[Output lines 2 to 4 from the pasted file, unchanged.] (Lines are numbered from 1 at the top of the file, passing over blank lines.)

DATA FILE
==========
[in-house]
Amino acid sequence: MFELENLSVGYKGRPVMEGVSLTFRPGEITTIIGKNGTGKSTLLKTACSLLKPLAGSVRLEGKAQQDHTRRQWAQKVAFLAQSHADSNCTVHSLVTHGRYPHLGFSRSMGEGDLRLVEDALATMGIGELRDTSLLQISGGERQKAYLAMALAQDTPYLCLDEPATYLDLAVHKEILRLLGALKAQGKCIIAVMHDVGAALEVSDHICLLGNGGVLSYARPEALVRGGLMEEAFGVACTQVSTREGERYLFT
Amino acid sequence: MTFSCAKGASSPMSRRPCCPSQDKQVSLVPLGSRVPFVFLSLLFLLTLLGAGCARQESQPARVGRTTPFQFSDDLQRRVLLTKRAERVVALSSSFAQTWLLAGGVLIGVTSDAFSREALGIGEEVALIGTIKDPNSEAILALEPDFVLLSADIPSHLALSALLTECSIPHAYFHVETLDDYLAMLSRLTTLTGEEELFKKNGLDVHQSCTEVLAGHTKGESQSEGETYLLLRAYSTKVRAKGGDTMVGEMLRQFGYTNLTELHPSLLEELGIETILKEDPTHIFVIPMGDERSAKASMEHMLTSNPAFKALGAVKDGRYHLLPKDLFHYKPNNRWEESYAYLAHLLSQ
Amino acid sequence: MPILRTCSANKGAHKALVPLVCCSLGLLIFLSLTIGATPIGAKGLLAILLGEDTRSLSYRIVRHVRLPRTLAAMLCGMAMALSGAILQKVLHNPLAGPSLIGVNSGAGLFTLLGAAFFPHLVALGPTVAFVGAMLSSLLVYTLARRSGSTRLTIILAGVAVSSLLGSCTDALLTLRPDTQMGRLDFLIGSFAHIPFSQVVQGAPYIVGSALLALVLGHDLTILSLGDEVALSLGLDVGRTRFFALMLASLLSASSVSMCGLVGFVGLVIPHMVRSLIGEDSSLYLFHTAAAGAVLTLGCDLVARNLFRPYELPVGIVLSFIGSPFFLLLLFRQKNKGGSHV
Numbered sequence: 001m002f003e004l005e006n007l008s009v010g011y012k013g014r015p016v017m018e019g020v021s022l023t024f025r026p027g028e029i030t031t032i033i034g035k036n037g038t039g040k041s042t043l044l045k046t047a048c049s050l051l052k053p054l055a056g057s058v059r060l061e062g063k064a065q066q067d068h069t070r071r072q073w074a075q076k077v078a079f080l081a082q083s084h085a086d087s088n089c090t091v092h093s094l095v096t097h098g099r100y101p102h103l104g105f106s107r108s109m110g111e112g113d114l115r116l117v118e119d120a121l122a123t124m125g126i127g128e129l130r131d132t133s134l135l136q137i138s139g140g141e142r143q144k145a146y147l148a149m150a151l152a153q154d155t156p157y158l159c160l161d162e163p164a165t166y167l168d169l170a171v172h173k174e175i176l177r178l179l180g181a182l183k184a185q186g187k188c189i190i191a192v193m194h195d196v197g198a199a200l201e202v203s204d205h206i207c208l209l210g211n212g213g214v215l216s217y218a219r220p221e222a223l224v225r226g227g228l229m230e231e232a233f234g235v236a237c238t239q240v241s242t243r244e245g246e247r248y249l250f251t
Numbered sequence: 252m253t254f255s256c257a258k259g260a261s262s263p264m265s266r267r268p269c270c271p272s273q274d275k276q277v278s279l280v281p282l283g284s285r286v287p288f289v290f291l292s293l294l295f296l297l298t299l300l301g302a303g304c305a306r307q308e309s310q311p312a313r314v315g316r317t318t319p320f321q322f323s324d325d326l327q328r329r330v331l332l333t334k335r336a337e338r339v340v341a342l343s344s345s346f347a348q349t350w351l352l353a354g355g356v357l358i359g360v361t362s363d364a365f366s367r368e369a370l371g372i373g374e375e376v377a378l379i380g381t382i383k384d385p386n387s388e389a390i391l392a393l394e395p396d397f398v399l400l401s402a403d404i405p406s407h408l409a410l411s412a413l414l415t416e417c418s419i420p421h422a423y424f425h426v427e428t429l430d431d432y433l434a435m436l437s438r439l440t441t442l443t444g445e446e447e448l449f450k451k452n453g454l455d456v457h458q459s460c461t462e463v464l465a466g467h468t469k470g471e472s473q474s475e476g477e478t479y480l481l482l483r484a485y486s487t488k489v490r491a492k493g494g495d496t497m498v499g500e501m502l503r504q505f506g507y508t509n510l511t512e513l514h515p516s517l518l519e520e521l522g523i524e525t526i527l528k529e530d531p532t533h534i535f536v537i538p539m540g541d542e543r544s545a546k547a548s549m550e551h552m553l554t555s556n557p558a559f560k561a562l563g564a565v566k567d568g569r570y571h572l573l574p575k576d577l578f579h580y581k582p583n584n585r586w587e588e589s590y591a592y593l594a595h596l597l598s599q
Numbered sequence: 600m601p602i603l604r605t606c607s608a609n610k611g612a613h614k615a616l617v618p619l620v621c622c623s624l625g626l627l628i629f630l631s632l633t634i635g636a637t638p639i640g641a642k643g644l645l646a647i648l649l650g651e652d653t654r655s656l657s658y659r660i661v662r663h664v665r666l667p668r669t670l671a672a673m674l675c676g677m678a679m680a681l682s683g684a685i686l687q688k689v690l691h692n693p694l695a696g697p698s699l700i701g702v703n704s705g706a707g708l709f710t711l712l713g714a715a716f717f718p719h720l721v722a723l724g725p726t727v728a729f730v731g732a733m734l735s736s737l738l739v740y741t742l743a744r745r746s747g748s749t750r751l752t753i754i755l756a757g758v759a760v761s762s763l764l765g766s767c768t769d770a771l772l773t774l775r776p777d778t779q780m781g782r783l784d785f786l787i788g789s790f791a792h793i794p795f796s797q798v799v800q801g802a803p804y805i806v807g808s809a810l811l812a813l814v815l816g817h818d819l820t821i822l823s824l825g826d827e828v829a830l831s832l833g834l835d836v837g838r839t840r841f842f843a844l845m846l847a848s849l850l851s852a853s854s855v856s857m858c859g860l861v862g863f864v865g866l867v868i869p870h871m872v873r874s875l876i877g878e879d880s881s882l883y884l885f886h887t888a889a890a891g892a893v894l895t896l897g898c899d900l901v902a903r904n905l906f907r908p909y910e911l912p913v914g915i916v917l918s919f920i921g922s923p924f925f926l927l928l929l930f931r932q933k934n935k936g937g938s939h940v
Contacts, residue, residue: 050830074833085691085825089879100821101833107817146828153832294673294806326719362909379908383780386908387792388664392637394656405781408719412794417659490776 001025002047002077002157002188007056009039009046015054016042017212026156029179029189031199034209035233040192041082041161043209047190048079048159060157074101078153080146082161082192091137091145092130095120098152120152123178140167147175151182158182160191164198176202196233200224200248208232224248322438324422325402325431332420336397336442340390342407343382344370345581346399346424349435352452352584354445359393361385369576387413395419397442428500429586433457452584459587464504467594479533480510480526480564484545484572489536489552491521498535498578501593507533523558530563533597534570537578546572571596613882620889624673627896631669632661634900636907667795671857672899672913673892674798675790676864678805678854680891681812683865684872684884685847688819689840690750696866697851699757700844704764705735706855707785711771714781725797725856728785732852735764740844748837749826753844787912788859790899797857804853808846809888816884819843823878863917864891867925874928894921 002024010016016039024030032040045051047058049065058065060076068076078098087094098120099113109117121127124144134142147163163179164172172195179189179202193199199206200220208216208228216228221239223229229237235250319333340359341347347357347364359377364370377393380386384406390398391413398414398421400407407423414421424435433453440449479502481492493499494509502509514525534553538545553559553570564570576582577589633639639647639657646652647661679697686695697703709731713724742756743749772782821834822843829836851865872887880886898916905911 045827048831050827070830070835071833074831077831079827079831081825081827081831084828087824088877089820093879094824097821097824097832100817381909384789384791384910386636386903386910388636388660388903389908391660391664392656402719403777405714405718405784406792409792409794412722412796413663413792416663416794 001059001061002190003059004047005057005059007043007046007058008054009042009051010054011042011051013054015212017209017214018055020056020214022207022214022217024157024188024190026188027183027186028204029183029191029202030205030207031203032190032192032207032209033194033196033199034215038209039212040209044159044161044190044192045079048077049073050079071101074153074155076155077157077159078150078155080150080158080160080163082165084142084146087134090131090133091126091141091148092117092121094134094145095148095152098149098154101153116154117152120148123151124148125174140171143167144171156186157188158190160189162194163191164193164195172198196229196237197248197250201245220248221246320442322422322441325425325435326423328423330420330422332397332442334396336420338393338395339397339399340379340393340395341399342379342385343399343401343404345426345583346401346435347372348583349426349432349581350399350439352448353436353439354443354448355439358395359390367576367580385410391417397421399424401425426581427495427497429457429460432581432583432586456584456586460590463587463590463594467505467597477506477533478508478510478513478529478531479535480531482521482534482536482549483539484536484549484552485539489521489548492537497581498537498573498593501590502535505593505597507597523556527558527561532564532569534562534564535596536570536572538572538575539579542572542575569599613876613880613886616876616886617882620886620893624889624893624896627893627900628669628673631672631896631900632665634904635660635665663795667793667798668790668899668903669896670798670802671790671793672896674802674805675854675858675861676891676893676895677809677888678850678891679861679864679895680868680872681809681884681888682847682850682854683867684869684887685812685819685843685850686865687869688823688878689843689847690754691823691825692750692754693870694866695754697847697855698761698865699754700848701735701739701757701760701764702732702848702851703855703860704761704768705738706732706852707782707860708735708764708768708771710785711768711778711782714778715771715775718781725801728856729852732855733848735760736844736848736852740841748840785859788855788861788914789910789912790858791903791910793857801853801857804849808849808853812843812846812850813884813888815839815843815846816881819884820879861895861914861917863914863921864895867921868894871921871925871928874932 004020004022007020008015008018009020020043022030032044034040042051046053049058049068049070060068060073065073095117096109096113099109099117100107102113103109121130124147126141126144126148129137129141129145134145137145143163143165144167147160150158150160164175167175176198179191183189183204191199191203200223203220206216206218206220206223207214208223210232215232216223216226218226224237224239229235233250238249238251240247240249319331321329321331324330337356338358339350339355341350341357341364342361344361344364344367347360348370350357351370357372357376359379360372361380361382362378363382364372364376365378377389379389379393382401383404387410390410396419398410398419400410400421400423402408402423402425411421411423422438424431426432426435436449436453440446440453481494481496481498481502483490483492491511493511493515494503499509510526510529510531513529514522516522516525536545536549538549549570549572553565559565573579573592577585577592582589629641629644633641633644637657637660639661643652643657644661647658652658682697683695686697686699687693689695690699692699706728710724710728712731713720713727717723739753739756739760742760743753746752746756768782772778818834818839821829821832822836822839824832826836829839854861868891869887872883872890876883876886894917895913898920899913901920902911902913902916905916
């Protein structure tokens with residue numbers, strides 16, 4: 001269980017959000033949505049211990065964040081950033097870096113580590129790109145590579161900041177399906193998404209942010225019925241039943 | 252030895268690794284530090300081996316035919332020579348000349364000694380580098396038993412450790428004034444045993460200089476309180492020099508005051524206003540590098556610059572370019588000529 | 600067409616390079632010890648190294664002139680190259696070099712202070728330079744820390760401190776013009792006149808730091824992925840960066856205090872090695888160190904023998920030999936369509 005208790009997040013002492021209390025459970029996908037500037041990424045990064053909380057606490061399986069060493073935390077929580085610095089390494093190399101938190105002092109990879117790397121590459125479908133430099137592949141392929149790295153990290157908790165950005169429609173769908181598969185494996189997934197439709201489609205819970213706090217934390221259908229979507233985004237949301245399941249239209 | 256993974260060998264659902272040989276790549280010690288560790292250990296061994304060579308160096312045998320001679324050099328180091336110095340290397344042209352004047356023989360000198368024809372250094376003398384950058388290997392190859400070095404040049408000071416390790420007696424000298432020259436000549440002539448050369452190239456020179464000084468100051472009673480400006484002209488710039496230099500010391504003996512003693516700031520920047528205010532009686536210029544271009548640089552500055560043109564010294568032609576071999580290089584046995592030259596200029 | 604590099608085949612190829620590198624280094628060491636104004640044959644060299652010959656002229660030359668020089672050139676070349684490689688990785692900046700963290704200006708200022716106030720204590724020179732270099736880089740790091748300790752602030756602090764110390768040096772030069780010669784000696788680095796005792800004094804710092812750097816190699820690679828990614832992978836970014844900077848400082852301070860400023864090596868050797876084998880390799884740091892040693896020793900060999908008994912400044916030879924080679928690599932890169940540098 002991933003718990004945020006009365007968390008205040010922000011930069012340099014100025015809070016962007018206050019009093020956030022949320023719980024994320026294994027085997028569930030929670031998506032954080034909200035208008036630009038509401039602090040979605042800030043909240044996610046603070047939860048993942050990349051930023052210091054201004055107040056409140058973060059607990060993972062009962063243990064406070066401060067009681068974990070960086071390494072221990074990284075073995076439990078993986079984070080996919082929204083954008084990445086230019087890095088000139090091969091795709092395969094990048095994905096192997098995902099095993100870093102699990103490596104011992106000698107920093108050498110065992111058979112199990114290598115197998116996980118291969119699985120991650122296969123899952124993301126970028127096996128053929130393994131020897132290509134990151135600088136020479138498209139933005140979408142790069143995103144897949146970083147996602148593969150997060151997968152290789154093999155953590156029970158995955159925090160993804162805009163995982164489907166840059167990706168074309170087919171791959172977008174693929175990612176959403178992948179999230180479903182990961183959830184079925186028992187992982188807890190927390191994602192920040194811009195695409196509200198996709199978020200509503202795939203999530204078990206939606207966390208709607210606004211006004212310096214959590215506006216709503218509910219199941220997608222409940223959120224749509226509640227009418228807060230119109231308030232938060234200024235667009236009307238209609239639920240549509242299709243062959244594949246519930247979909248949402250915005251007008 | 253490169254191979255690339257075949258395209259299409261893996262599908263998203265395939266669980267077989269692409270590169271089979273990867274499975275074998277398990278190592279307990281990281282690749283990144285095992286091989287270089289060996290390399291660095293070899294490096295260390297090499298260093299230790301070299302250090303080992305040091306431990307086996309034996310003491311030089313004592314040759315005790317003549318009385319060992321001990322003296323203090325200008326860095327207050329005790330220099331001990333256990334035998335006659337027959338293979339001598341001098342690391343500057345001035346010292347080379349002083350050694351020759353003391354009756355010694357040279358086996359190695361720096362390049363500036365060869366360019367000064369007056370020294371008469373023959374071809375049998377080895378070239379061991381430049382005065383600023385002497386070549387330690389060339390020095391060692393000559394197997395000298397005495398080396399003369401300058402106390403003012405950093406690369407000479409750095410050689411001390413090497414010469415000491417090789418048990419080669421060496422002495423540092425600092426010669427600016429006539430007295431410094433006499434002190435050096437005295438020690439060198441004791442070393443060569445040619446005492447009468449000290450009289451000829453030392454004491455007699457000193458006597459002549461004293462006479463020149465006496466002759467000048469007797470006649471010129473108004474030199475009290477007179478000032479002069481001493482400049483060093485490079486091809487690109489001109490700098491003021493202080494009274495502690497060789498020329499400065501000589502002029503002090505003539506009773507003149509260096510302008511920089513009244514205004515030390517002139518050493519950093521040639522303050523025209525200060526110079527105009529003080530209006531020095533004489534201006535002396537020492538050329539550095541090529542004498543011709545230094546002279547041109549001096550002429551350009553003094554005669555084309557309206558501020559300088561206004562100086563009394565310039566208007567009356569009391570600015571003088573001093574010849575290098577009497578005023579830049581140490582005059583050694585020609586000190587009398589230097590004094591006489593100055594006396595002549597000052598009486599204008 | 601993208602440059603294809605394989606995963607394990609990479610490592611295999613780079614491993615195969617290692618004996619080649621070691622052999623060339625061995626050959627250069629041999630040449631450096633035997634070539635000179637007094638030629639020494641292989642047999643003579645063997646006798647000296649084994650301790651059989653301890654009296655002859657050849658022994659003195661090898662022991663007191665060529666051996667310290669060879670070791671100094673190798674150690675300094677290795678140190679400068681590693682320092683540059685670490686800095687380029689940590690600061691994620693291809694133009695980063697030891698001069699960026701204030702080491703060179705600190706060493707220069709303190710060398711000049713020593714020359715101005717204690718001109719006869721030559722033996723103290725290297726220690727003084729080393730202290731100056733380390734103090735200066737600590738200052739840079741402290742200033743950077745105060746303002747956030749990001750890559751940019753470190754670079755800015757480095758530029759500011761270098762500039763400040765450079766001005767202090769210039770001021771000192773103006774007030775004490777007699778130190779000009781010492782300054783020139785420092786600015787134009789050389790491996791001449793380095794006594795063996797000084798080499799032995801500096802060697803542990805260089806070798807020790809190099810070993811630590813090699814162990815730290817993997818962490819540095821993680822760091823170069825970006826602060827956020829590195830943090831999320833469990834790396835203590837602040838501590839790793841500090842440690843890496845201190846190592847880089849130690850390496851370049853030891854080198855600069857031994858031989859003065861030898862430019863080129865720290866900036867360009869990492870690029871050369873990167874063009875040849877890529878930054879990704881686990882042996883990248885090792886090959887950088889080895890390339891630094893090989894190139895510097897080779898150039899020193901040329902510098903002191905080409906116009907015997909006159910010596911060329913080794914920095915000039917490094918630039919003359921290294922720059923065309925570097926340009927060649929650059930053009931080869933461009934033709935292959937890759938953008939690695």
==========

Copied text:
Amino acid sequence: MFELENLSVGYKGRPVMEGVSLTFRPGEITTIIGKNGTGKSTLLKTACSLLKPLAGSVRLEGKAQQDHTRRQWAQKVAFLAQSHADSNCTVHSLVTHGRYPHLGFSRSMGEGDLRLVEDALATMGIGELRDTSLLQISGGERQKAYLAMALAQDTPYLCLDEPATYLDLAVHKEILRLLGALKAQGKCIIAVMHDVGAALEVSDHICLLGNGGVLSYARPEALVRGGLMEEAFGVACTQVSTREGERYLFT
Amino acid sequence: MTFSCAKGASSPMSRRPCCPSQDKQVSLVPLGSRVPFVFLSLLFLLTLLGAGCARQESQPARVGRTTPFQFSDDLQRRVLLTKRAERVVALSSSFAQTWLLAGGVLIGVTSDAFSREALGIGEEVALIGTIKDPNSEAILALEPDFVLLSADIPSHLALSALLTECSIPHAYFHVETLDDYLAMLSRLTTLTGEEELFKKNGLDVHQSCTEVLAGHTKGESQSEGETYLLLRAYSTKVRAKGGDTMVGEMLRQFGYTNLTELHPSLLEELGIETILKEDPTHIFVIPMGDERSAKASMEHMLTSNPAFKALGAVKDGRYHLLPKDLFHYKPNNRWEESYAYLAHLLSQ
Amino acid sequence: MPILRTCSANKGAHKALVPLVCCSLGLLIFLSLTIGATPIGAKGLLAILLGEDTRSLSYRIVRHVRLPRTLAAMLCGMAMALSGAILQKVLHNPLAGPSLIGVNSGAGLFTLLGAAFFPHLVALGPTVAFVGAMLSSLLVYTLARRSGSTRLTIILAGVAVSSLLGSCTDALLTLRPDTQMGRLDFLIGSFAHIPFSQVVQGAPYIVGSALLALVLGHDLTILSLGDEVALSLGLDVGRTRFFALMLASLLSASSVSMCGLVGFVGLVIPHMVRSLIGEDSSLYLFHTAAAGAVLTLGCDLVARNLFRPYELPVGIVLSFIGSPFFLLLLFRQKNKGGSHV